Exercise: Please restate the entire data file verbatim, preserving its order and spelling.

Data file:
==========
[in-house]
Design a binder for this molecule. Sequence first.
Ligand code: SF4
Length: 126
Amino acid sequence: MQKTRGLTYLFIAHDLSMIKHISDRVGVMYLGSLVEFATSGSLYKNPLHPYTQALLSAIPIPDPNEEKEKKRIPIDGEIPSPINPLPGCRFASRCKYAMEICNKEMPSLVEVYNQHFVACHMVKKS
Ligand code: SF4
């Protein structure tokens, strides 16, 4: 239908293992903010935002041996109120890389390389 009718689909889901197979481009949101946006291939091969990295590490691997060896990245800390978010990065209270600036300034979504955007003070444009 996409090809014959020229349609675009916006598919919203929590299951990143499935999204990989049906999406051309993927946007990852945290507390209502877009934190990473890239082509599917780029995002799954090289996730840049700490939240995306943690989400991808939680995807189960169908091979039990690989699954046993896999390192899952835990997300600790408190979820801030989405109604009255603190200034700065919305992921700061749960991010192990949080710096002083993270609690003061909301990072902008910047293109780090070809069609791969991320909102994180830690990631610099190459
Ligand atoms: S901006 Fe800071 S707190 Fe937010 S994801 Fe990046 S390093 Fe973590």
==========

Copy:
[in-house]
Design a binder for this molecule. Sequence first.
Ligand code: SF4
Length: 126
Amino acid sequence: MQKTRGLTYLFIAHDLSMIKHISDRVGVMYLGSLVEFATSGSLYKNPLHPYTQALLSAIPIPDPNEEKEKKRIPIDGEIPSPINPLPGCRFASRCKYAMEICNKEMPSLVEVYNQHFVACHMVKKS
Ligand code: SF4
């Protein structure tokens, strides 16, 4: 239908293992903010935002041996109120890389390389 009718689909889901197979481009949101946006291939091969990295590490691997060896990245800390978010990065209270600036300034979504955007003070444009 996409090809014959020229349609675009916006598919919203929590299951990143499935999204990989049906999406051309993927946007990852945290507390209502877009934190990473890239082509599917780029995002799954090289996730840049700490939240995306943690989400991808939680995807189960169908091979039990690989699954046993896999390192899952835990997300600790408190979820801030989405109604009255603190200034700065919305992921700061749960991010192990949080710096002083993270609690003061909301990072902008910047293109780090070809069609791969991320909102994180830690990631610099190459
Ligand atoms: S901006 Fe800071 S707190 Fe937010 S994801 Fe990046 S390093 Fe973590």